(Pork with Red Chile Sauce)
This is one of the best, if not the very best-tasting, pork creations from northern New Mexico. Traceable back to Conquistador days, this dish has somehow never gained favor outside of New Mexico. I think it is because crushed caribe chiles are hard to find outside the area. (You can always order them from us, click here) I always make a full five-pound recipe because I like to have lots available for burritos, tacos and enchiladas, or to serve over rice, beans or eggs.
Yield: 10-12 servings
4 cups water
1/2 cup crushed caribe chile
1/4 cup ground mild chile
1/4 cup ground hot chile
3 garlic cloves
2 tablespoons ground cumin
2 teaspoons dried leaf Mexican oregano
2 teaspoons salt
5-1/2 pounds bone-in pork shoulder, cut into ½ inch thick chops (trimmed so as to keep a narrow layer of fat around the edges)
1. Place 2 cups water in the blender bowl, then add all the ingredients except pork and process to make a thick sauce. Stir in the remaining 2 cups water, then pour one-half the sauce into a flat-bottomed glass baking dish. Dip each pork chop into the marinade and lay to one side of the baking dish as you coat the rest. Let marinate 30 minutes at room temperature, periodically spooning chile mixture over the top and turning chops over. Cover with plastic wrap and refrigerate overnight. (The pork can be frozen for up to 3 months at this point.)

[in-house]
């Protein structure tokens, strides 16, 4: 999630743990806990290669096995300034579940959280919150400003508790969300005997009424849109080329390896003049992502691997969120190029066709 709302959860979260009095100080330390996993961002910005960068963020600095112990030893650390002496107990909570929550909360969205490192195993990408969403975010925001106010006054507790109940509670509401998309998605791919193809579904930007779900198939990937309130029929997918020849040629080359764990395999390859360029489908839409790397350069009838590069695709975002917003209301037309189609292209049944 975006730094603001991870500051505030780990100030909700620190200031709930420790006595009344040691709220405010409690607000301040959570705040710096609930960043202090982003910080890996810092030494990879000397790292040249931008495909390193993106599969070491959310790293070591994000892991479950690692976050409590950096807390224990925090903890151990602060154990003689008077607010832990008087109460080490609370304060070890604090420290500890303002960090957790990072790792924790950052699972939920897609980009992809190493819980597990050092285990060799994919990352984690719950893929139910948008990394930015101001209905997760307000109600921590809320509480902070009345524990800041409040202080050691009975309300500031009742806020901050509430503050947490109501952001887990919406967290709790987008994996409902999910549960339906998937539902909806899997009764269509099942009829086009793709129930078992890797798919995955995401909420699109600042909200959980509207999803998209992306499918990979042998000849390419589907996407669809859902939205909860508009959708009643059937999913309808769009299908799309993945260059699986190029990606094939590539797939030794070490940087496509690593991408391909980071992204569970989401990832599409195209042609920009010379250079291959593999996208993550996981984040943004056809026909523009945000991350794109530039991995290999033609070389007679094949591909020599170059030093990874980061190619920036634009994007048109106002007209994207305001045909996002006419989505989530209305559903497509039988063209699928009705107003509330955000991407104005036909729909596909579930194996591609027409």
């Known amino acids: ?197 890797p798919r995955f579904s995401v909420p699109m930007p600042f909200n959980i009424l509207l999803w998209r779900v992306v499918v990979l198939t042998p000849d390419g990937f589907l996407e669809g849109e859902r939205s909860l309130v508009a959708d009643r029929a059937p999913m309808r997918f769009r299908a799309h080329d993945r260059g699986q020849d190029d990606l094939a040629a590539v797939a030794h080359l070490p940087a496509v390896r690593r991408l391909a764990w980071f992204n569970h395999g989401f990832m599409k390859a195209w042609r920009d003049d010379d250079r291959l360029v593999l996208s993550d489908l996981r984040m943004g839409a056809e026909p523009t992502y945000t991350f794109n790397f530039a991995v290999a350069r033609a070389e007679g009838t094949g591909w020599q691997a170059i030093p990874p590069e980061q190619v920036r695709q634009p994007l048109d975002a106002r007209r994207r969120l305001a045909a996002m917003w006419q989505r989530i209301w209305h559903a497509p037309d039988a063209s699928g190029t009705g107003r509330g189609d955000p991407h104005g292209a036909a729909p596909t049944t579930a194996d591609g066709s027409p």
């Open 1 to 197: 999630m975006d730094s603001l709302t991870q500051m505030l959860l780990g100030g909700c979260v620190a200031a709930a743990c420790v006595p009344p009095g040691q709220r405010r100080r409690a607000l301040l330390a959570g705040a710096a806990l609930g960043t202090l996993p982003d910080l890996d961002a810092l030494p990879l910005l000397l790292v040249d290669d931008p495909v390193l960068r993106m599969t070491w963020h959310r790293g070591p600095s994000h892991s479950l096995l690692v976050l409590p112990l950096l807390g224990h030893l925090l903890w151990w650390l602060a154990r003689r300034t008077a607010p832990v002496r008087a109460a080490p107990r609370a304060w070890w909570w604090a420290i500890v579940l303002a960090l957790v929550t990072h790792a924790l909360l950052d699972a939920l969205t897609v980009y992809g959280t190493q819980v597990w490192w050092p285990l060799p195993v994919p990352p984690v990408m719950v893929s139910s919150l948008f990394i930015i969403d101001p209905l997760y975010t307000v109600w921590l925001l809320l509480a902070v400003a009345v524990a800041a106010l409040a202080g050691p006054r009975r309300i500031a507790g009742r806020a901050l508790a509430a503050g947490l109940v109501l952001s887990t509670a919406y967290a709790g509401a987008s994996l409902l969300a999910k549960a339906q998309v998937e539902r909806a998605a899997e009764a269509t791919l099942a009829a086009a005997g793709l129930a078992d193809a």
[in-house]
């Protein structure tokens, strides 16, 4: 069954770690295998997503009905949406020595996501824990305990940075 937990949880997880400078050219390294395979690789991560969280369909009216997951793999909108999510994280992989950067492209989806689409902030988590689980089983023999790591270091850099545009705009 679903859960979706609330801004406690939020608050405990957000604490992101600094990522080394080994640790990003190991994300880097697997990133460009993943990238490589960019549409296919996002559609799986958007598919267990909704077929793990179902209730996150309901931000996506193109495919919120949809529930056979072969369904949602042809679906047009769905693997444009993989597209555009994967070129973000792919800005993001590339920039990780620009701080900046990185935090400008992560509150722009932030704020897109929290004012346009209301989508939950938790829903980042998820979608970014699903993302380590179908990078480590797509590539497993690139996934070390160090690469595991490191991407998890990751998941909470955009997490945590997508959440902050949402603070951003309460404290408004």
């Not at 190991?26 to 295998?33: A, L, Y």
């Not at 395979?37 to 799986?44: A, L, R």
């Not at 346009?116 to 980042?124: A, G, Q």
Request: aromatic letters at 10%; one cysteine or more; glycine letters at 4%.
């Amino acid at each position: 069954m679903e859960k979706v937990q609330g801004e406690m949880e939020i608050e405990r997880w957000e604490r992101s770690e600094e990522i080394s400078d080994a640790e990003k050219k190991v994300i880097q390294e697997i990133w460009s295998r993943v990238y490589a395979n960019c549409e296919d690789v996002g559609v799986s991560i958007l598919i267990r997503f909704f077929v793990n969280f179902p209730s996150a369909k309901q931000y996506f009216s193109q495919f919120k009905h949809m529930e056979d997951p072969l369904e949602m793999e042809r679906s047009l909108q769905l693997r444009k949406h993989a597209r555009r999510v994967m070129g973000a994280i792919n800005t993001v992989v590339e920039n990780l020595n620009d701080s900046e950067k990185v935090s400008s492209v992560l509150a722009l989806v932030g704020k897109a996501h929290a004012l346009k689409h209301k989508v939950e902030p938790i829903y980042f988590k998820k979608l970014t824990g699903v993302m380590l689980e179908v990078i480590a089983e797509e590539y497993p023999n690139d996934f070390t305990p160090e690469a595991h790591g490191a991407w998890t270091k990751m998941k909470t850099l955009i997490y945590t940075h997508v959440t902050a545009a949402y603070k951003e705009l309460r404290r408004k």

2. In the morning, stir and coat each pork chop with chile sauce. Preheat oven to 325F (165C). Cover pan with lid or foil; bake chops, covered for the first 45 minutes. Remove cover and bake 1 to 1-1/2 hours longer, spooning the sauce over chops every 30 minutes. Let cool.
3. Using a sharp knife, remove bones and pull meat apart with your fingers to shred the pork. Place shredded meat back in the baking dish. If the sauce is dry, add water to make a thick gravy, then cover and bake 30 minutes to allow the sauce to cook into pork. If the sauce is thin, do not cover and bake until sauce thickens. When done, the meat should be a bright rosy red color and very tender.
Reprinted with permission from Jane Butel’s Southwestern Kitchen